Speaker Wang Jin-pyng bids to end Taiwan's student protests
Wang Jin-pyng offers concessions to try to halt occupation of parliament
Taiwan's parliamentary speaker has made concessions to students occupying the legislature over a trade pact with the mainland, raising faint hopes that the demonstrators might end their protest.
Speaker Wang Jin-pyng said there would be no review or ratification of the controversial agreement in parliament until after a bill was passed putting pacts with Beijing under greater scrutiny.
"In consideration of the overall social costs, as the leader of the legislature, I solemnly state that there will be no review meetings or caucus meetings related to the trade services pact before enactment of the oversight bill," Wang said yesterday.
The speaker acted without the knowledge or backing of the government. The office of President Ma Ying-jeou said Wang had not told officials of his plan and it called on parliament to review the pact swiftly so it could be ratified.
Protesters fear the trade pact with the mainland - which would allow the two sides greater access to each other's services sectors - will lead to job losses in Taiwan. They also argue closer ties with Beijing pose a threat to the island's democracy.
The demonstrators stormed the legislature building on March 18 after the government went back on a promise a day earlier to have a line-by-line review of the trade agreement in parliament.
"At this critical moment, I hope you can respect the voices of others to end the dispute peacefully," Wang said, before going into the parliament building to speak to the protesters.
They applauded after he told them he was committed to first enact an oversight bill before any further discussion of the agreement in the legislature.
Student protest leader Lin Fei-fan, said: "We have perceived the goodwill of Speaker Wang and this is a small and initial victory for what we have been fighting for over 21 days and we will continue our efforts."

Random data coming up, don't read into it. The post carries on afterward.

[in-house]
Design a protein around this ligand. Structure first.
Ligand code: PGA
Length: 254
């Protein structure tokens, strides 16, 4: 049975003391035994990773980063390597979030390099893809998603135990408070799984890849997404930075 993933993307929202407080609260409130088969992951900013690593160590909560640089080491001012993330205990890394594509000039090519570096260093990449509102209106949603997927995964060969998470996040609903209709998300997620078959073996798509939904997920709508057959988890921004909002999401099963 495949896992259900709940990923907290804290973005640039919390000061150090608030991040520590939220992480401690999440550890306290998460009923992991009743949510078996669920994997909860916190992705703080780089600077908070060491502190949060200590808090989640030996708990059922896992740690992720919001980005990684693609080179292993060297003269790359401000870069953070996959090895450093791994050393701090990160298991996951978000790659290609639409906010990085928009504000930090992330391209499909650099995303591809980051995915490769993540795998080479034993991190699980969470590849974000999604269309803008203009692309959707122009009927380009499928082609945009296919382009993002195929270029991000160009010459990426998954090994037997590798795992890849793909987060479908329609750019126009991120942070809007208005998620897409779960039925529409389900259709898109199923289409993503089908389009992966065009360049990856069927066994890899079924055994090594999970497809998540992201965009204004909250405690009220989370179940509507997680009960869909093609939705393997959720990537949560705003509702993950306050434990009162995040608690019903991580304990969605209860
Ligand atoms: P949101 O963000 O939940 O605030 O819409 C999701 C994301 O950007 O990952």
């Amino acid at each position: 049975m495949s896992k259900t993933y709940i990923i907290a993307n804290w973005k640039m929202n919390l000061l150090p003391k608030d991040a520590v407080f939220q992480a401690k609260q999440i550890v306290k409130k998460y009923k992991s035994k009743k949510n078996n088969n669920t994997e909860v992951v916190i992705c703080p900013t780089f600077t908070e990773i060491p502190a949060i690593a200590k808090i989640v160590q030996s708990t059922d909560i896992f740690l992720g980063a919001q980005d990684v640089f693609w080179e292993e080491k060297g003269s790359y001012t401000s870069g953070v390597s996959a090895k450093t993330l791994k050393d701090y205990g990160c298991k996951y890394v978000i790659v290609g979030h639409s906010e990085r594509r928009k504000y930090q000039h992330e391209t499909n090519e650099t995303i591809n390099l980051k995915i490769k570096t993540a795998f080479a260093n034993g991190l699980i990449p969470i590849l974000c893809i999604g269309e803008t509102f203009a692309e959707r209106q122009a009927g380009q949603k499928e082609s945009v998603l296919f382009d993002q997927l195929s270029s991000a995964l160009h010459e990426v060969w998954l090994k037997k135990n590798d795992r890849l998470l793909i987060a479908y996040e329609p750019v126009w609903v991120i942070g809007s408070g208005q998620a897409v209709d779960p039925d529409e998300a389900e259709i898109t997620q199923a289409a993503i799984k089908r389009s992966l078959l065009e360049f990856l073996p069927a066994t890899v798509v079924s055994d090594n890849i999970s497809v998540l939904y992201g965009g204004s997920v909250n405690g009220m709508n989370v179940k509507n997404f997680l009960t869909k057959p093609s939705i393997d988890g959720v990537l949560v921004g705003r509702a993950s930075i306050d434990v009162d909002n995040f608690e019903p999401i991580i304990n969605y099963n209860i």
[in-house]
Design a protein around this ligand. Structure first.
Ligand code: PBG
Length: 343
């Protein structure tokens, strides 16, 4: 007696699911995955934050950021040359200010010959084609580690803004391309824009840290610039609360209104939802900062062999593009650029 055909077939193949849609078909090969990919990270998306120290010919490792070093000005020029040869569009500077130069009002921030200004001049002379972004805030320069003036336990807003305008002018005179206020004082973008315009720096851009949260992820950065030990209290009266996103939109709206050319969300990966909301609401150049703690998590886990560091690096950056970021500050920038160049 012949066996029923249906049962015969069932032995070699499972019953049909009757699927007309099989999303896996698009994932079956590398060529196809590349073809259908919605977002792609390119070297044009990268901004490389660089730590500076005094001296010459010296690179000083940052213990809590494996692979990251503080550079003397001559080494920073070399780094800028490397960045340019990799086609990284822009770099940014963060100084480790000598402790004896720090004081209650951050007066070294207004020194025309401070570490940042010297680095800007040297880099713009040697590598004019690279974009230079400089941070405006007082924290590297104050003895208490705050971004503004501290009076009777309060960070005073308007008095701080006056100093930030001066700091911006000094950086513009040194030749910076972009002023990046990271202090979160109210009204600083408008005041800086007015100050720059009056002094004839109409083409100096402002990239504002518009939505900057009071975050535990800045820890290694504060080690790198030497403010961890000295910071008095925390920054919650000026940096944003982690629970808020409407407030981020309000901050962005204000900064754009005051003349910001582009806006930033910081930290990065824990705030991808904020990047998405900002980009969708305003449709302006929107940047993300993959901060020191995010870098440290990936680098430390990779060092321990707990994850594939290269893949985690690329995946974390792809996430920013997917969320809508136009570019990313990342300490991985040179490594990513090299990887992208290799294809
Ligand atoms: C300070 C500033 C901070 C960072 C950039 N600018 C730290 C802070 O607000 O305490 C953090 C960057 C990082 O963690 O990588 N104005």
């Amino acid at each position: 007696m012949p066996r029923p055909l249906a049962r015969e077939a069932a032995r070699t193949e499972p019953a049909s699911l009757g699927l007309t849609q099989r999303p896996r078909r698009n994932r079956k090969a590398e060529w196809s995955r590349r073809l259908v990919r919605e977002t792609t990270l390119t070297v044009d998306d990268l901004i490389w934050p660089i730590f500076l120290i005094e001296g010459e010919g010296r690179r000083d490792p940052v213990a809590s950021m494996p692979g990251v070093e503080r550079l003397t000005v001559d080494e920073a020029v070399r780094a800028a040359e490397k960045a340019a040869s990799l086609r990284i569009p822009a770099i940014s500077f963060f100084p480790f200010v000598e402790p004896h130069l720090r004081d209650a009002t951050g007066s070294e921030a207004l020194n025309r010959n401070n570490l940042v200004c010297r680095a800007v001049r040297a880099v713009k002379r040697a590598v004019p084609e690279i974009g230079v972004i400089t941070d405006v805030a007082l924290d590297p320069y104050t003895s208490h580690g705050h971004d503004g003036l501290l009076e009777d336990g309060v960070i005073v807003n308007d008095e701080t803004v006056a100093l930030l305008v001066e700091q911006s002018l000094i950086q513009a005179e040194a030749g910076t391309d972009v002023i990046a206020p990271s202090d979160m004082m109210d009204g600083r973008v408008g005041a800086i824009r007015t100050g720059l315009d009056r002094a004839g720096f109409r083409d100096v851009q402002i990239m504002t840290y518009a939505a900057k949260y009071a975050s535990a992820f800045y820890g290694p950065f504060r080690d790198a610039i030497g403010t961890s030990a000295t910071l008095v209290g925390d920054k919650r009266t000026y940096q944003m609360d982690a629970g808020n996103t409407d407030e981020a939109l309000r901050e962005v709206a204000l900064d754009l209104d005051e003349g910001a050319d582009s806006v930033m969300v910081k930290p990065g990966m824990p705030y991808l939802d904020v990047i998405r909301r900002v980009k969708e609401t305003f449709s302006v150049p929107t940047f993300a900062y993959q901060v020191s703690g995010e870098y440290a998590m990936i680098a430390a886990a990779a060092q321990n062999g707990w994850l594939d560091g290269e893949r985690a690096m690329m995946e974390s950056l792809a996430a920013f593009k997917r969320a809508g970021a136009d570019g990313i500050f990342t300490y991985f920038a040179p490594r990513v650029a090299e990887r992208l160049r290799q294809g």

Lin also said he would discuss with protest leaders when they should end their demonstration.
The government last week swiftly passed legislation to increase scrutiny of future pacts with Beijing, but refused to withdraw the trade services agreement. The students want the pact scrapped and have said the level of scrutiny envisaged in the government's legislation was too limited.
Draft laws drawn up by civic groups allow for agreements with Beijing to be scrutinised by a much broader cross-section of society than the government's legislation, which has the cabinet take the lead in negotiations. The students want the civic group draft legislation reviewed in parliament.
Wang's comments were his first statement about the student-led protest and his first appearance in the legislature since the students took over the parliamentary chamber. He has come under criticism for failing to resolve the issue.
Wang said the occupation of the legislature had disrupted the operation of government, resulting in delays to about 2,800 bills and parliamentary motions.
The governing Kuomintang caucus at the legislature said yesterday it was also caught by surprise by the initiative from Wang, who is a party member.
Wang had failed to inform any caucus members before making his commitment, they said.